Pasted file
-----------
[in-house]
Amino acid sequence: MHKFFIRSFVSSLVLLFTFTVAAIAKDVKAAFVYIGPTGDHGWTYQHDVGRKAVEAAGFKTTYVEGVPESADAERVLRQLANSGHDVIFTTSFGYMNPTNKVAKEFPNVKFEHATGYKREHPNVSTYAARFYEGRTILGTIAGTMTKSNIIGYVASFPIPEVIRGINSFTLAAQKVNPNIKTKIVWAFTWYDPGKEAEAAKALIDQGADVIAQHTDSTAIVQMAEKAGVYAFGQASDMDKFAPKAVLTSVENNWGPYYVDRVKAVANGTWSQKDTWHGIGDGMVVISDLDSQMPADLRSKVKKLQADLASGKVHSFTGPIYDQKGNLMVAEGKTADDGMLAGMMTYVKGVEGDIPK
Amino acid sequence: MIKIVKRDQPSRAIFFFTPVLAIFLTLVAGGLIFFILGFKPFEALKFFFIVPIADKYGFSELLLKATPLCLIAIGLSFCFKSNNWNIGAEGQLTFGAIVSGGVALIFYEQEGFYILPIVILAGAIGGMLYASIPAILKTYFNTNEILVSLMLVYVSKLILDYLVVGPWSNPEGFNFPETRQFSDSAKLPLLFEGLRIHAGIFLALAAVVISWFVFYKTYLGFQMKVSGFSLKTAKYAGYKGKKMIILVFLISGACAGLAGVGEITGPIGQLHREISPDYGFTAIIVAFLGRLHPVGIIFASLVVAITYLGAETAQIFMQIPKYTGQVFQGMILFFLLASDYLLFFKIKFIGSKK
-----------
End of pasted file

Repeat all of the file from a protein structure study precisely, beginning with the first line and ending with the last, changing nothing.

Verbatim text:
[in-house]
Amino acid sequence: MHKFFIRSFVSSLVLLFTFTVAAIAKDVKAAFVYIGPTGDHGWTYQHDVGRKAVEAAGFKTTYVEGVPESADAERVLRQLANSGHDVIFTTSFGYMNPTNKVAKEFPNVKFEHATGYKREHPNVSTYAARFYEGRTILGTIAGTMTKSNIIGYVASFPIPEVIRGINSFTLAAQKVNPNIKTKIVWAFTWYDPGKEAEAAKALIDQGADVIAQHTDSTAIVQMAEKAGVYAFGQASDMDKFAPKAVLTSVENNWGPYYVDRVKAVANGTWSQKDTWHGIGDGMVVISDLDSQMPADLRSKVKKLQADLASGKVHSFTGPIYDQKGNLMVAEGKTADDGMLAGMMTYVKGVEGDIPK
Amino acid sequence: MIKIVKRDQPSRAIFFFTPVLAIFLTLVAGGLIFFILGFKPFEALKFFFIVPIADKYGFSELLLKATPLCLIAIGLSFCFKSNNWNIGAEGQLTFGAIVSGGVALIFYEQEGFYILPIVILAGAIGGMLYASIPAILKTYFNTNEILVSLMLVYVSKLILDYLVVGPWSNPEGFNFPETRQFSDSAKLPLLFEGLRIHAGIFLALAAVVISWFVFYKTYLGFQMKVSGFSLKTAKYAGYKGKKMIILVFLISGACAGLAGVGEITGPIGQLHREISPDYGFTAIIVAFLGRLHPVGIIFASLVVAITYLGAETAQIFMQIPKYTGQVFQGMILFFLLASDYLLFFKIKFIGSKK